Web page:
There are many types of fruit trees we may attempt to grow here in the Lowcountry. And of those I get questions on, the most popular seems to be the wonderful avocado.
The avocado, Persea americana and other species, are fruit trees indigenous to Central America that have grown in popularity for a variety of reasons. These fruits are both delicious and nutritious, and the tree itself is an attractive evergreen that is remarkably versatile. But in the end, the question will always be for the Charleston gardener, and gardeners in general, is whether we can grow them successfully in our home landscape.
The avocado tree is a relatively easy tree to grow. It is native to Central America and thrives with consistent heat and humidity, both of which we have in abundance here in the Lowcountry. The main limiting factor, though, is the lack of significant cold tolerance, much like citrus that we have discussed.
Cold tolerance is dependent on the type of avocado. There are three main groups: the Guatemalan types which may tolerate between 26 to 30 degrees Fahrenheit, the Mexican types which is considered to have the best cold tolerance, with some cultivars being tolerant of temperatures around 19 to 20 degrees Fahrenheit as mature trees, and the West Indian types that have little to no cold tolerance and are not recommended to grow in this area. Just as with citrus, avocado trees are generally grafted onto suitable rootstock. This means the main area to protect during cold weather is the graft union.
Avocadoes can grow to be quite large, depending on the area it is grown, the amount one allows it to grow as well as the frost damage it may incur. They can grow naturally between 30 and 60 feet tall. These trees can grow rather quickly as well so be sure to stay on top of pruning, which is best done in late winter or early spring.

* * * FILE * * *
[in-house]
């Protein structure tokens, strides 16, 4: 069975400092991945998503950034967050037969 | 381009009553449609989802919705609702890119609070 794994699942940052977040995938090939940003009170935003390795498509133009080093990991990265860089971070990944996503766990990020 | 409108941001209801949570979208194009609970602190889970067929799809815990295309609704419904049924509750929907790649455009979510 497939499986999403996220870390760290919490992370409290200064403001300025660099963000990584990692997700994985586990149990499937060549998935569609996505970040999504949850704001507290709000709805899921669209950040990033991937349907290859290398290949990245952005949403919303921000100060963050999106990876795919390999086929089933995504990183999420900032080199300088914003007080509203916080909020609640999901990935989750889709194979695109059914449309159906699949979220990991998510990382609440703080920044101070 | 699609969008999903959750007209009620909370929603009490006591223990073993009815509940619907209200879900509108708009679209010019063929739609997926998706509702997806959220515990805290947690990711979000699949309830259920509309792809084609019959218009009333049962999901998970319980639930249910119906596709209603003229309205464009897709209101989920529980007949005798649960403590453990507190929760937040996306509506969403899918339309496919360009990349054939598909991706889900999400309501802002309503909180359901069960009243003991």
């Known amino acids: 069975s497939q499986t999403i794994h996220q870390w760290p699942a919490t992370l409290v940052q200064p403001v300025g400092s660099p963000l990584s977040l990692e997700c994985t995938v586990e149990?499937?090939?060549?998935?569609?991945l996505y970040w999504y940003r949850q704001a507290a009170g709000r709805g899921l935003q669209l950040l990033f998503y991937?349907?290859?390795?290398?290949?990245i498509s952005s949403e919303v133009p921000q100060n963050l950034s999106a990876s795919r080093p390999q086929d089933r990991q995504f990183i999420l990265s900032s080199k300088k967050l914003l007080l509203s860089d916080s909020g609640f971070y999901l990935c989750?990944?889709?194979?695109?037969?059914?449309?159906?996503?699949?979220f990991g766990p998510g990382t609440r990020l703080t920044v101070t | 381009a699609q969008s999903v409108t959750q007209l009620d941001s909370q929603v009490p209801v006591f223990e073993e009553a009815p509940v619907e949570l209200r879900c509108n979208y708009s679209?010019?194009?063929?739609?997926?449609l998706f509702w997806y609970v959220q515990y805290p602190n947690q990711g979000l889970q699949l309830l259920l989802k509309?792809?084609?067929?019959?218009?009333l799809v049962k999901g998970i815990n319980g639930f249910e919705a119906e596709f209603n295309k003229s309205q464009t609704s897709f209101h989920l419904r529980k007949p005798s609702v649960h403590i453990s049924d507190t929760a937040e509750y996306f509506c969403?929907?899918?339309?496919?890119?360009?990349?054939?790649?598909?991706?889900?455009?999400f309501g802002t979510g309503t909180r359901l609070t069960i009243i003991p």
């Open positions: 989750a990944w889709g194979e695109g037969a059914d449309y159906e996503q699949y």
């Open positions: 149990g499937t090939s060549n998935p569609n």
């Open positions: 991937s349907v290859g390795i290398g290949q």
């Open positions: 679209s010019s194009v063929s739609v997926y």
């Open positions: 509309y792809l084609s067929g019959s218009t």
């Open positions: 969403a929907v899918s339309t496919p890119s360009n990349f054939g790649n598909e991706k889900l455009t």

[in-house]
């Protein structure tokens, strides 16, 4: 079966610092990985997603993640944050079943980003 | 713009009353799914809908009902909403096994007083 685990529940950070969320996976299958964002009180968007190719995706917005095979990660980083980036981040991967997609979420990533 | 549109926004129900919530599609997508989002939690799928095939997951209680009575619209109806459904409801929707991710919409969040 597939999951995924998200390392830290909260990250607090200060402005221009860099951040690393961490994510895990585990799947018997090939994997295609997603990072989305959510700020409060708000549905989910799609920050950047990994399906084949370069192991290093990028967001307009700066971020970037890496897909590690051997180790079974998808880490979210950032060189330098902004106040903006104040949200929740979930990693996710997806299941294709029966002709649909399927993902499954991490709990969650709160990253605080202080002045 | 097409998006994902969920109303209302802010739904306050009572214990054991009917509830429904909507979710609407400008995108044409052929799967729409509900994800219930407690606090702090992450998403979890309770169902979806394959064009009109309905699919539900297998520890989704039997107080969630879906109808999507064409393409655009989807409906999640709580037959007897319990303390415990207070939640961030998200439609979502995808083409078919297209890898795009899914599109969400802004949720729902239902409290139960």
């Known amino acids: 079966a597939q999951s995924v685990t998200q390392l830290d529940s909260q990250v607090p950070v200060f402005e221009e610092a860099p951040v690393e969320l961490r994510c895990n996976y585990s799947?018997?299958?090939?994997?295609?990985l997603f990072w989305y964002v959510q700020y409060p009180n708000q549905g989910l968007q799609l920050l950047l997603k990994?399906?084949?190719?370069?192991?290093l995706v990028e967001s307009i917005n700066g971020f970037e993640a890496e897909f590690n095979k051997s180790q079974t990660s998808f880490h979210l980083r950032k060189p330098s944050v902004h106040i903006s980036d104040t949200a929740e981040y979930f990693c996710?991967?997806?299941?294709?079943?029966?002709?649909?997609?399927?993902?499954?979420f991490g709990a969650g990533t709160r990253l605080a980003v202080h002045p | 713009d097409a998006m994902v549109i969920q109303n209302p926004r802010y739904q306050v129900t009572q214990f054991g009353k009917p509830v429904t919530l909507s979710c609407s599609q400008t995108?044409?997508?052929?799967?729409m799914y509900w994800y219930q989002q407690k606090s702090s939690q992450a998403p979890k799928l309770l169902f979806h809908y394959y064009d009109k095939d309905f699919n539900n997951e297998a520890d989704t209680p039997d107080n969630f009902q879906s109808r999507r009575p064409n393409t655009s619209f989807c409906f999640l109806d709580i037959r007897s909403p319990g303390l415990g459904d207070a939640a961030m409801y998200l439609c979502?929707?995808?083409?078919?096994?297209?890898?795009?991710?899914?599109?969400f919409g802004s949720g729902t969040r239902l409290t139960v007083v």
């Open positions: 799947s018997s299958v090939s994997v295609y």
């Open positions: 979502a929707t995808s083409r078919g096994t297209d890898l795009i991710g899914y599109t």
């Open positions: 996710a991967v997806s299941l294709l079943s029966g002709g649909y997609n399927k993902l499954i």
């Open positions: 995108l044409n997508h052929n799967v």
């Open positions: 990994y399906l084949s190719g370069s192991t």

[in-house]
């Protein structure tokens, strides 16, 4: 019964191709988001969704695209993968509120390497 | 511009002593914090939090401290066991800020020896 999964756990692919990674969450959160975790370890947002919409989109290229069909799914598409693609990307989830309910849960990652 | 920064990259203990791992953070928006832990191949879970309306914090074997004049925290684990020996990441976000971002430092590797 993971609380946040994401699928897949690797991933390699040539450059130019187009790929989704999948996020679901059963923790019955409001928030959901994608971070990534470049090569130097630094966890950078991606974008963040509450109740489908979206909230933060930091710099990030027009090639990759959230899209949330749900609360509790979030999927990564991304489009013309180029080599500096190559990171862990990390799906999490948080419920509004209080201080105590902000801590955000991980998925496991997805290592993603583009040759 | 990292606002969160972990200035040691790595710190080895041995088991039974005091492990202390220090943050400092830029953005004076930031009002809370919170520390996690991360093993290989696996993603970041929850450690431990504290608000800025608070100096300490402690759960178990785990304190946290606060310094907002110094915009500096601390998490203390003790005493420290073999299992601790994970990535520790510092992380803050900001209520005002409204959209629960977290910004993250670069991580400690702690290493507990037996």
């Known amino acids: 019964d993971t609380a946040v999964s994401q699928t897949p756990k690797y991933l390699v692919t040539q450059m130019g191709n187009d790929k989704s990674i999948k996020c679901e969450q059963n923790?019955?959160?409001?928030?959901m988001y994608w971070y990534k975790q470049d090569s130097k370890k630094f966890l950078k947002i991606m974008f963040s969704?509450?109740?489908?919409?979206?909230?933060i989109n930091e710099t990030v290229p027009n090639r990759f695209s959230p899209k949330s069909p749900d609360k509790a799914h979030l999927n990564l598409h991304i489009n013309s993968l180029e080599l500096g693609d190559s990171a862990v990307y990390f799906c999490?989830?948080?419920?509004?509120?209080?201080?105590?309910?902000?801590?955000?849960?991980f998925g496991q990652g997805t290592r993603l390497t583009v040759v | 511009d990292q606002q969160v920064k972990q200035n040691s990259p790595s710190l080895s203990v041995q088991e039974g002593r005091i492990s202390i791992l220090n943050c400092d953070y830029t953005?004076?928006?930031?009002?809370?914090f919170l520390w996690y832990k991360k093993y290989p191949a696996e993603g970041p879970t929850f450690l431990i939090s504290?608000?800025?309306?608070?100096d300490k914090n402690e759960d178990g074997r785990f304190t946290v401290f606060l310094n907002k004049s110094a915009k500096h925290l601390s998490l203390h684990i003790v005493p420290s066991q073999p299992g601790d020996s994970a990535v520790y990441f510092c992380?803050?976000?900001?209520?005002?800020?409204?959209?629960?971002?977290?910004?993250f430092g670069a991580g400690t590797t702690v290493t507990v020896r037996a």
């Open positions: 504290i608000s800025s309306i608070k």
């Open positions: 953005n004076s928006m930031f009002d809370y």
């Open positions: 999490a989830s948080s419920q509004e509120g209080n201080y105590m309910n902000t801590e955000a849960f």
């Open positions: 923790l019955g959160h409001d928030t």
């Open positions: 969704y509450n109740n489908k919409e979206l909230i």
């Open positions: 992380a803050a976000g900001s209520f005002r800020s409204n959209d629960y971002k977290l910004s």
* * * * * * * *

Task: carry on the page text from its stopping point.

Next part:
It is recommended that avocado trees are pruned to stay around 15 feet, as this allows for better harvesting and easier care for the tree. Care for avocadoes is again similar to citrus in that it needs consistent moisture but well-drained soil, as well as a regular fertilizer schedule to maintain a healthy tree. Provide consistent moisture for the tree during periods of drought, especially during flowering and fruiting. Most fertilizers labeled for citrus are sufficient in their formulation to provide adequate nutrients for avocadoes.
The main difference from citrus, though, is that you may need more than one to guarantee cross-pollination for a better crop. Pollination may be tricky as there are two classes of pollination: Class A that receives pollen in the morning and Class B that releases pollen in the morning. This means the ideal situation would be to have both classes with decent pollination to encourage better fruiting.
That being said, there are some cultivars that fruit well with self-pollination, which may be the best to grow in the home landscape, so be sure to check on whichever type you choose. You can try to grow avocadoes from seed, which is the large pit taken out of the fruit when eaten, but keep in mind that avocadoes have a long juvenile period, like citrus, which means it will not flower or fruit for four to 10 years. The best thing to do is check with your local nursery for healthy, grafted trees to plant. I would suggest starting small when planting as they establish easier and grow quite fast.
There is one issue that I must mention that is one of the big reasons avocadoes are not more prevalent here. That is the disease known as laurel wilt. This disease affects plants in the laurel family, lauraceae, which includes avocadoes, bay laurels and redbay trees. It is a serious disease that is spread through various beetles, the most common are the ambrosia beetle species. This disease has decimated the redbay population, a native tree that was once common here in the Lowcountry.
This does not mean you cannot grow avocadoes, though. In the home garden, these trees can live for many years with few issues and provide wonderful fruit as long as you can protect from the cold.